Antoine De Saint-Exupery said:
“Old bureaucrat, my comrade, it is not you who are to blame. No one ever helped you to escape. You, like a termite, built your peace by blocking up with cement every chink and cranny through which the light might pierce. You rolled yourself up into a ball in your genteel security, in routine, in the stifling conventions of provincial life, raising a modest rampart against the winds and the tides and the stars. You have chosen not to be perturbed by great problems, having trouble enough to forget your own fate as man. You are not the dweller upon an errant planet and do not ask yourself questions to which there are no answers. You are a petty bourgeois of Toulouse. Nobody grasped you by the shoulder while there was still time. Now the clay of which you were shaped has dried and hardened, and naught in you will ever awaken the sleeping musician, the poet, the astronomer that possibly inhabited you in the beginning.
We forget that there is no hope of joy except in human relations. If I summon up those memories that have left with me an enduring savor, if I draw up the balance sheet of the hours in my life that have truly counted, surely I find only those that no wealth could have procured me. True riches cannot be bought. One cannot buy the friendship of a Mermoz, of a companion to whom one is bound forever by ordeals suffered in common. There is no buying the night flight with its hundred thousand stars, its serenity, its few hours of sovereignty. It is not money that can procure for us that new vision of the world won through hardship--those trees, flowers, women, those treasures made fresh by the dew and color of life which the dawn restores to us, this concert of little things that sustain us and constitute our compensation.
In anything at all, perfection is finally attained not when there is no longer anything to add, but when there is no longer anything to take away, when a body has been stripped down to its nakedness.
How can a man tell the difference between the sight of a hand opening and the decision to open that hand, when there is no longer an exchange of sensations between the hand and the brain? How can one tell the difference between an image and an act of will? Better stop thinking of the picture of open hands. Hands live a life of their own. Better not offer them this monstrous temptation. And I began to chant a silly litany which went on uninterruptedly until this flight was over. A single thought. A single image. A single phrase tirelessly chanted over and over again: ‘I shut my hands. I shut my hands. I shut my hands.’ All of me was condensed into that phrase and for me the white sea, the whirling eddies, the saw-toothed range ceased to exist. There was only ‘I shut my hands.’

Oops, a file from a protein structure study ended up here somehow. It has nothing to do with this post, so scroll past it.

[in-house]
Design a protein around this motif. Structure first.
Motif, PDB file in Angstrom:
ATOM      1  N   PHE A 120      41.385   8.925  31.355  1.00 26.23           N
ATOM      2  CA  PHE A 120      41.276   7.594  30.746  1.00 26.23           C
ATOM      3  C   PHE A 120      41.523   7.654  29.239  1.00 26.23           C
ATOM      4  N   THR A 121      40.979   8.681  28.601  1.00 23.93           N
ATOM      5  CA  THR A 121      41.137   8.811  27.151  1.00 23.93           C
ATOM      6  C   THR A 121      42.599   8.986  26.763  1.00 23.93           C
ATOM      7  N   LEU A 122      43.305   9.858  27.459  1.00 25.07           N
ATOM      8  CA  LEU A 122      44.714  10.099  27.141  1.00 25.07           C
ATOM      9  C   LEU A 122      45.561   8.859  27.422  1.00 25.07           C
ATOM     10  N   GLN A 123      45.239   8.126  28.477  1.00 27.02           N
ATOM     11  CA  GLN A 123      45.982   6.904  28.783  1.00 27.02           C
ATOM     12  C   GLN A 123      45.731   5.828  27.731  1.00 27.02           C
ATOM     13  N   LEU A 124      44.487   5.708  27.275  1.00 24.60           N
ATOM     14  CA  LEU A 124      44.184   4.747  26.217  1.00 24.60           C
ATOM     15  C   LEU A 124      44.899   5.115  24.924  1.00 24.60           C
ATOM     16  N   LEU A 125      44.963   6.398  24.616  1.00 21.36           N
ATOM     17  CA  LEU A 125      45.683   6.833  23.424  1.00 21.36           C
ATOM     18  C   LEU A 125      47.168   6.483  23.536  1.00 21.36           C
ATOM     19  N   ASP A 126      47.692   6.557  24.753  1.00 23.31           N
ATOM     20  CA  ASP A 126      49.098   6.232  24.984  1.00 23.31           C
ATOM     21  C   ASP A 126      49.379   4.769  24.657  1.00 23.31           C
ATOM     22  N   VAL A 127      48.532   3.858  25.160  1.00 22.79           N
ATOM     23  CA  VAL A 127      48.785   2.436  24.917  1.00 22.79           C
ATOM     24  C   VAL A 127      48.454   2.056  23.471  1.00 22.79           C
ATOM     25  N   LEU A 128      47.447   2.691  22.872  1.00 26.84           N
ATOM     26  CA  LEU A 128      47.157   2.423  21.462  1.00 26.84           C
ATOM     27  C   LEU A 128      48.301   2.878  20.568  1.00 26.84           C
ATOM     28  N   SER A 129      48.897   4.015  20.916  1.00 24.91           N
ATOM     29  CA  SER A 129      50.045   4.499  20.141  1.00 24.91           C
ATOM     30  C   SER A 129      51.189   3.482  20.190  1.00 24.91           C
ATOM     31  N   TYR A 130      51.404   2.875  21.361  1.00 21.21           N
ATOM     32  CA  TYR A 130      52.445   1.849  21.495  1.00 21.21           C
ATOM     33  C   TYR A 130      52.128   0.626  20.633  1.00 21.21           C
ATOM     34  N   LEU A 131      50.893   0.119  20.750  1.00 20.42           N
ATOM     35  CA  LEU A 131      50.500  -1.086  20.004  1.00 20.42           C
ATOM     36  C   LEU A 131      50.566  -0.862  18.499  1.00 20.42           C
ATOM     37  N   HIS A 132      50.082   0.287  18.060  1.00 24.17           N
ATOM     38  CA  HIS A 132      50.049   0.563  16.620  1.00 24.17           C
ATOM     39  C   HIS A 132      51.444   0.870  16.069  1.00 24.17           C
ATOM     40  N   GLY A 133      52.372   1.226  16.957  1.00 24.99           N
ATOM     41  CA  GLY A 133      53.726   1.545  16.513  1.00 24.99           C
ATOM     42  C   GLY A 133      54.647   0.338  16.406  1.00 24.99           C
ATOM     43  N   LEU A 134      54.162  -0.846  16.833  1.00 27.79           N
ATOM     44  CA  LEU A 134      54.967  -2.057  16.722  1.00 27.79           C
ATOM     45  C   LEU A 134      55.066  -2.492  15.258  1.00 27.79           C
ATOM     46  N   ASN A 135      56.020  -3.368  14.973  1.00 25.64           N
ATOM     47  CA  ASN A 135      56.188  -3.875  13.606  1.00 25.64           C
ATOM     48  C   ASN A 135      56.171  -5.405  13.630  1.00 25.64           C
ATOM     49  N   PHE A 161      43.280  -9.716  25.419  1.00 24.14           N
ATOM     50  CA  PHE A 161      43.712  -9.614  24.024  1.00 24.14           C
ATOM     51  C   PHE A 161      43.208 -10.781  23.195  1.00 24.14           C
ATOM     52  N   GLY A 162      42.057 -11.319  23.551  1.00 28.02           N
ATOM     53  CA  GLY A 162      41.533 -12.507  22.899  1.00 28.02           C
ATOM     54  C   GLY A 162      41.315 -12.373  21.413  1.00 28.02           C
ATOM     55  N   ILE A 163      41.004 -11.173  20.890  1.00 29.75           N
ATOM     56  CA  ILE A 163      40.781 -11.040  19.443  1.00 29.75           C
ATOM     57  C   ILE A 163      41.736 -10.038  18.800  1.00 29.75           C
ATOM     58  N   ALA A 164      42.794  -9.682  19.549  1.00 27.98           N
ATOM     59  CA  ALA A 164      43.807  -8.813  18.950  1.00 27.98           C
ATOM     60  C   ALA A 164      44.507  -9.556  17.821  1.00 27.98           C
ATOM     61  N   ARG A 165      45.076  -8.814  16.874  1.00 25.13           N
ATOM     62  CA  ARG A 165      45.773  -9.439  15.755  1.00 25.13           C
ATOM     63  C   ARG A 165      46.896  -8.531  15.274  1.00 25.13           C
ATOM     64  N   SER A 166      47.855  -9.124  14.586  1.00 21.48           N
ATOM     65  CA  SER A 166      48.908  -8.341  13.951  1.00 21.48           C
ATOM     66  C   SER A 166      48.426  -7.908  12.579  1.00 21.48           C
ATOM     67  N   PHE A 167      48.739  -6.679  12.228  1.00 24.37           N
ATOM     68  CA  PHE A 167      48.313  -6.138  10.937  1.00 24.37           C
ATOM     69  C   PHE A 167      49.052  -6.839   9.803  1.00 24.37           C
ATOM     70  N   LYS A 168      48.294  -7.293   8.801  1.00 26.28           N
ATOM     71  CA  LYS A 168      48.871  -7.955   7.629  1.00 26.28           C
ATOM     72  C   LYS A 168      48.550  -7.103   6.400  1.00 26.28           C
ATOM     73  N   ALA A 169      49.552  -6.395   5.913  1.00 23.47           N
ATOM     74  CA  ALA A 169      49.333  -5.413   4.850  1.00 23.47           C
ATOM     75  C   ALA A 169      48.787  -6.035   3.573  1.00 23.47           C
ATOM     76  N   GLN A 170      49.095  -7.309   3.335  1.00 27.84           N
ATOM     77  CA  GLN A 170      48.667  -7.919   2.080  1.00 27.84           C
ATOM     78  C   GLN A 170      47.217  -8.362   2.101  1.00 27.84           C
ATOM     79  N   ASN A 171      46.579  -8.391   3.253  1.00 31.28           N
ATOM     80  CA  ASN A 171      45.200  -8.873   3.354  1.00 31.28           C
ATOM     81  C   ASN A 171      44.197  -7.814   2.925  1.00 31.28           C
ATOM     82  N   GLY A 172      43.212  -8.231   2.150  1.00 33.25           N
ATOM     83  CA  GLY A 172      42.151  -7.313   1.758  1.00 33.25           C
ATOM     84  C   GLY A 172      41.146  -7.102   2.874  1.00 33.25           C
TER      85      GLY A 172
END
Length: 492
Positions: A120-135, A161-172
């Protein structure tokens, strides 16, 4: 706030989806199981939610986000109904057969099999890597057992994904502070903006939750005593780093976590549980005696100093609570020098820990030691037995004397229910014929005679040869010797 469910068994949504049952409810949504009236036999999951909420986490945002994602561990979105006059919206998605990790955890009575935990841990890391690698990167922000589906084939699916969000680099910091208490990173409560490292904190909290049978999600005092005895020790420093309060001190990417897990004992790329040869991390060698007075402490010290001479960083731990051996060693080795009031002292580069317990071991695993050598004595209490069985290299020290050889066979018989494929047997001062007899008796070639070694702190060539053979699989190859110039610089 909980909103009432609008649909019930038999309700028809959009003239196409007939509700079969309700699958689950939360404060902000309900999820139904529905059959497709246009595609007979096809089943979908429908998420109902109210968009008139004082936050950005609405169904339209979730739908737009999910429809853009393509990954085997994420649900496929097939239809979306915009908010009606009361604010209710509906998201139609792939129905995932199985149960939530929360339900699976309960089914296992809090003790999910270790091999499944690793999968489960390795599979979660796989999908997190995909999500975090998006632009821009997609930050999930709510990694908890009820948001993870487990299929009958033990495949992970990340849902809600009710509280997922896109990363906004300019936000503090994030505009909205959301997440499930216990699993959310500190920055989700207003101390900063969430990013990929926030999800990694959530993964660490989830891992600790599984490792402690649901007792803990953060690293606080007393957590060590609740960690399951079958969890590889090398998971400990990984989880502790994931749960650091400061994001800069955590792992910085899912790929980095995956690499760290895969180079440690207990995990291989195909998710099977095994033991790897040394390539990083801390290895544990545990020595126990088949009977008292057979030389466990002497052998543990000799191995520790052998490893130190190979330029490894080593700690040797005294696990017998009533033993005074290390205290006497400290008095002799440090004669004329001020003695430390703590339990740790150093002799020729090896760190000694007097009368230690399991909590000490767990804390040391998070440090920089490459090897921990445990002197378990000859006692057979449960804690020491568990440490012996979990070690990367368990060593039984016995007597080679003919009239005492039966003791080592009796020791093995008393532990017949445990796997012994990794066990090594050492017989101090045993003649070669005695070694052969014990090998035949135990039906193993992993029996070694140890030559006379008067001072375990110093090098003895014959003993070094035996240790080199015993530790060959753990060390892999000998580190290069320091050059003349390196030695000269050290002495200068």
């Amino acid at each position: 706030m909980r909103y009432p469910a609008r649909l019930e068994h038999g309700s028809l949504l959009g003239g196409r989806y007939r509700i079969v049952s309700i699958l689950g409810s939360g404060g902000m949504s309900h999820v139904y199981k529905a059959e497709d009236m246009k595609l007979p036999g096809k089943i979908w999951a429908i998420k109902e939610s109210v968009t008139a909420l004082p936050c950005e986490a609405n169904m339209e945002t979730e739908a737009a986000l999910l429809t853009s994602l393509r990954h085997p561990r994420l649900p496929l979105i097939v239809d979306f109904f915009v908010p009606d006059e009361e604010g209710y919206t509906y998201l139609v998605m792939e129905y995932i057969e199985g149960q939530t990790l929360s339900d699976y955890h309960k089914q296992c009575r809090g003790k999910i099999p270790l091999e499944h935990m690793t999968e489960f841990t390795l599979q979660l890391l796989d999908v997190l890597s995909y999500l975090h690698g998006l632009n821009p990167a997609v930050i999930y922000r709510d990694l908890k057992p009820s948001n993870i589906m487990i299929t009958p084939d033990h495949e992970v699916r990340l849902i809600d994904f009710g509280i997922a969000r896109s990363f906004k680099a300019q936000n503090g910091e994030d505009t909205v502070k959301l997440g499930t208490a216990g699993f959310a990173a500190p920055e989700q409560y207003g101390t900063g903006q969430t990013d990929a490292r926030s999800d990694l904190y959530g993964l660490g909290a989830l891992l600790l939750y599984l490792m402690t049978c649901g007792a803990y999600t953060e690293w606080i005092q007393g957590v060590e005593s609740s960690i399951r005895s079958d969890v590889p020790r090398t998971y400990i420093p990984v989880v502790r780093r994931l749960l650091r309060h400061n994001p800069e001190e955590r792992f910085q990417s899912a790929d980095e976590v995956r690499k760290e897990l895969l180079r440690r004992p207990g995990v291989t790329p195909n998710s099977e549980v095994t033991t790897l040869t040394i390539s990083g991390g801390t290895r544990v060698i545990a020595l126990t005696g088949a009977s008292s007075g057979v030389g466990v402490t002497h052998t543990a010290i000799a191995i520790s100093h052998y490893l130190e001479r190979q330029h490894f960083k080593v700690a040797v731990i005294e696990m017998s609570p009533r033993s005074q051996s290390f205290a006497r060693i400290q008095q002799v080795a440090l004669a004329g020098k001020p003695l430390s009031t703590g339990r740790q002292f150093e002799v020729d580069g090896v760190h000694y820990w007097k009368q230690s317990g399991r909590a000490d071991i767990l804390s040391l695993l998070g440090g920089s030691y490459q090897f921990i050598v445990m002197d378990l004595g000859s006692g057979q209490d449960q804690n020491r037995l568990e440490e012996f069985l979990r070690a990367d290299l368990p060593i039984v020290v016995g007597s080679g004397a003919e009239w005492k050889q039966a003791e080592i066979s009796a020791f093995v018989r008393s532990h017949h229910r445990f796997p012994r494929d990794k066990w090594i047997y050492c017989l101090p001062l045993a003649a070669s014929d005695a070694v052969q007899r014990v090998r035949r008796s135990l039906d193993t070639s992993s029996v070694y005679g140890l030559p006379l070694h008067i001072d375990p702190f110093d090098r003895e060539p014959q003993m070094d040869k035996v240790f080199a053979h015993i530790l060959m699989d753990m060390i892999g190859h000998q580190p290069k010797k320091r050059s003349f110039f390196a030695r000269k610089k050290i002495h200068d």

I should never have believed that man was so truly the prisoner of the springs and freshnets. I had no notion that our self-sufficiency was so circumscribed. We take it for granted that a man is able to stride straight out into the world. We believe that man is free. We never see the cord that binds him to wells and fountains, that umbilical cord by which he is tied to the womb of the world. Let man take but one step too many ... and the cord snaps.
I sat down face to face with one couple. Between the man and the woman a child had hollowed himself out a place and fallen asleep. he turned in his slumber, and in the dim lamplight I saw his face. What an adorable face! A golden fruit had been born of these two peasants. Forth from this sluggish scum had sprung this miracle of delight and grace. I bent over the smooth brow, over those mildly pouting lips, and I said to myself: This is a musician’s face. This is the child Mozart. This is a life full of beautiful promise. Little princes in legends are not different from this. Protected, sheltered, cultivated, what could not this child become? When by mutation a new rose is born in a garden, all the gardeners rejoice. They isolate the rose, tend it, foster it. But there is no gardener for men. This little Mozart will be shaped like the rest by the common stamping machine. This little Mozart will love shoddy music in the stench of night dives. This little Mozart is condemned.
I went back to my sleeping car. I said to myself: Their fate causes these people no suffering. It is not an impulse to charity that has upset me like this. I am not weeping over an eternally open wound. Those who carry the wound do not feel it. It is the human race and not the individual that is wounded here, is outraged here. I do not believe in pity. What torments me tonight is the gardner’s point of view. What torments me is not this poverty to which after all a man can accustom himself as easily as to sloth. Generations of Orientals live in filth and love it. What torments me is not the humps nor hollows nor the ugliness. It is the sight, a little bit in all these men, of Mozart murdered. Only the Spirit, if it breathe upon the clay, can create Man."
Latent Thoughts #17
Painting: Coronation of Emperor Napoleon I and Coronation of the Empress Josephine